04 August, 2018
The Trump administration is also trying to stop California and other states from being able to impose their own, stricter fuel-efficiency standards. Those standards target a doubling of the fuel economy standards to 50 miles per gallon.
President Donald Trump had directed the rethink of the mileage regulations, saying in March 2017, "If the standards threatened auto jobs, then common-sense changes" were needed.
Those states have said they'll sue to keep their emissions standards on the books.
The waiver allows the state to set tougher tailpipe rules than the federal ones. Consumers Union, the advocacy division of Consumer Reports, said consumers could save between $3,200 per auto and $4,800 per truck over the life of the vehicle under that standard, and that they would save even more if gas prices go up.
Representatives of the US auto industry praised the administration's proposal, even as some automakers privately have expressed unease at the prospect of abrupt changes in fuel standards and having to meet different standards in different states.
At press time, only Fiat Chrysler Automobiles had responded to the proposed rules: "The proposal includes a range of options, and we will carefully evaluate how each aligns with FCA's goals of continuous improvement in vehicle efficiency and, at the same time, building vehicles customers want, at prices they can afford".
Federal data show the increased cost consumers would pay for the more efficient vehicles is dwarfed by the amount of money they would save at the pump, undermining the argument that drivers will stay in older, unsafe vehicles, advocates for the tougher rules say. At the moment, the state standard and the national one are the same-but if they diverged, automakers could end up making multiple versions of each auto to sell in different parts of the U.S. The Trump administration wants to take away California's right to set higher standards.
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Trump's move concerns a deal originally struck between Obama and many leading automakers in 2011 that envisioned a series of gradual increases through 2025, when average fuel economy would rise to 54.5 miles per gallon (4.3 litres per 100 kilometres).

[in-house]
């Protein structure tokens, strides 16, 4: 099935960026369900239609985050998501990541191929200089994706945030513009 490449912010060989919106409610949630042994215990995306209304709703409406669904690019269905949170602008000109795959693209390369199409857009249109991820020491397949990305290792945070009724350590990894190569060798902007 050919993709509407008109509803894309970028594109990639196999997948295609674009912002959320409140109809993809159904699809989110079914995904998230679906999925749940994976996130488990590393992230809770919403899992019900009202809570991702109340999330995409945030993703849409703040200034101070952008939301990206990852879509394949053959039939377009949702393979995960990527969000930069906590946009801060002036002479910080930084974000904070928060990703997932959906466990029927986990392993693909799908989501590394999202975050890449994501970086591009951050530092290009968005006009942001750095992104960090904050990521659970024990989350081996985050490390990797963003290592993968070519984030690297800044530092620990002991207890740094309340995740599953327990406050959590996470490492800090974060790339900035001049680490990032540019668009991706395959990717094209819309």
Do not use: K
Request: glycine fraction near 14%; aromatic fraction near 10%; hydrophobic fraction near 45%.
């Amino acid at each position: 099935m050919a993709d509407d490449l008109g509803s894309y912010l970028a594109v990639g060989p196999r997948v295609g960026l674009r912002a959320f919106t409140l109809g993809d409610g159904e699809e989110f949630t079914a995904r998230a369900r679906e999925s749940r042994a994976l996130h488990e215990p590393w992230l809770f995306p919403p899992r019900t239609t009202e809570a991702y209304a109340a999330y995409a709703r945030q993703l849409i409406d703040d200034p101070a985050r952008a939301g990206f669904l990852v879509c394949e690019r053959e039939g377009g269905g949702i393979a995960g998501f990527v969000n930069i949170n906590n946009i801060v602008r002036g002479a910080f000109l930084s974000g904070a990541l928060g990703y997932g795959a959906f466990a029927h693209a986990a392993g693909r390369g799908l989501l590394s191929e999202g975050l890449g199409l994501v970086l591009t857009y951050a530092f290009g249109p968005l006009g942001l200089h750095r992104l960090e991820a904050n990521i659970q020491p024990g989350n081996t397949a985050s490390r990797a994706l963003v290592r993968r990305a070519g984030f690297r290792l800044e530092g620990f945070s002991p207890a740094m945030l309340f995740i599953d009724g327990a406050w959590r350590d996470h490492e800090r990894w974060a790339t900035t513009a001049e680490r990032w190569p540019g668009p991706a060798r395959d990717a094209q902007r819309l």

Continuing its assault on federal rules created to protect the environment and combat global warming, the Trump administration has proposed weakening future fuel efficiency standards for American cars and trucks.
"To the Trump administration: make no mistake about it - we are ready to use every legal tool at our disposal to protect the current vehicle emission standards", Becerra said July 19, responding to reports the waiver might be revoked. Electric cars and trucks still account for a tiny fraction of those sold, and driver preference for SUVs, along with relatively low gas prices, have inhibited progress there. That would price many buyers out of the new-vehicle market, forcing them to drive older, less-safe vehicles that pollute more, the administration says.
Environmental groups are already expressing their outrage over the plan.
The plan to revise pollution rules has been in the works for more than a year. They claimed the reduced standards would make new cars more affordable.
The Environmental Protection Agency and the Department of Transportation said the increase in emission standards for cars built from 2021 to 2026 would hurt vehicle sales and improve safety of motorists across the country.
In 2012, when the standards were first adopted, cars were about 50 percent of new-vehicle sales.